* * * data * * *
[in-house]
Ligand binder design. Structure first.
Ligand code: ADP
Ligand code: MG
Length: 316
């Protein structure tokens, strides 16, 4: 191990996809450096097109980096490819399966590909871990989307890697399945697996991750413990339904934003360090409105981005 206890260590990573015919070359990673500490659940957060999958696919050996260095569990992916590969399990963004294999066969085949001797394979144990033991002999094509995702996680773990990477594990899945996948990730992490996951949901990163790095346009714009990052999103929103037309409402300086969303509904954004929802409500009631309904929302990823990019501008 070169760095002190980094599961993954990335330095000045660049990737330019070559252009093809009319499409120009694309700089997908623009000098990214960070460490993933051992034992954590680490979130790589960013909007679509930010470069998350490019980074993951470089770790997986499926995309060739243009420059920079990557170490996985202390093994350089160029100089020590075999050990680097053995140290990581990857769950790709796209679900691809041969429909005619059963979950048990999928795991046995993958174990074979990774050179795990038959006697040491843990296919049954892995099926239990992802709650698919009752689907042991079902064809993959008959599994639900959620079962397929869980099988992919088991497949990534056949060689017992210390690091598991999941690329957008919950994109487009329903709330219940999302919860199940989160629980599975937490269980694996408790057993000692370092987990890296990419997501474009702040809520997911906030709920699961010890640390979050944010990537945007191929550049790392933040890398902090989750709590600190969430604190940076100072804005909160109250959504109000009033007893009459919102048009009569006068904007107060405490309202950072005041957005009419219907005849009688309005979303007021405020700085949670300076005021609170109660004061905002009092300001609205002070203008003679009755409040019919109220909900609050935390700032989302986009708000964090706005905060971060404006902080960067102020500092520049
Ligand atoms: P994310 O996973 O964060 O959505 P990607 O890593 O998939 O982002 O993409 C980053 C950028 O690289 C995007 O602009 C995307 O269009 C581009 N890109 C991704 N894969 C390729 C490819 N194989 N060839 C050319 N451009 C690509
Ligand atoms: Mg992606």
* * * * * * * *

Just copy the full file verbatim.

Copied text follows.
[in-house]
Ligand binder design. Structure first.
Ligand code: ADP
Ligand code: MG
Length: 316
């Protein structure tokens, strides 16, 4: 191990996809450096097109980096490819399966590909871990989307890697399945697996991750413990339904934003360090409105981005 206890260590990573015919070359990673500490659940957060999958696919050996260095569990992916590969399990963004294999066969085949001797394979144990033991002999094509995702996680773990990477594990899945996948990730992490996951949901990163790095346009714009990052999103929103037309409402300086969303509904954004929802409500009631309904929302990823990019501008 070169760095002190980094599961993954990335330095000045660049990737330019070559252009093809009319499409120009694309700089997908623009000098990214960070460490993933051992034992954590680490979130790589960013909007679509930010470069998350490019980074993951470089770790997986499926995309060739243009420059920079990557170490996985202390093994350089160029100089020590075999050990680097053995140290990581990857769950790709796209679900691809041969429909005619059963979950048990999928795991046995993958174990074979990774050179795990038959006697040491843990296919049954892995099926239990992802709650698919009752689907042991079902064809993959008959599994639900959620079962397929869980099988992919088991497949990534056949060689017992210390690091598991999941690329957008919950994109487009329903709330219940999302919860199940989160629980599975937490269980694996408790057993000692370092987990890296990419997501474009702040809520997911906030709920699961010890640390979050944010990537945007191929550049790392933040890398902090989750709590600190969430604190940076100072804005909160109250959504109000009033007893009459919102048009009569006068904007107060405490309202950072005041957005009419219907005849009688309005979303007021405020700085949670300076005021609170109660004061905002009092300001609205002070203008003679009755409040019919109220909900609050935390700032989302986009708000964090706005905060971060404006902080960067102020500092520049
Ligand atoms: P994310 O996973 O964060 O959505 P990607 O890593 O998939 O982002 O993409 C980053 C950028 O690289 C995007 O602009 C995307 O269009 C581009 N890109 C991704 N894969 C390729 C490819 N194989 N060839 C050319 N451009 C690509
Ligand atoms: Mg992606």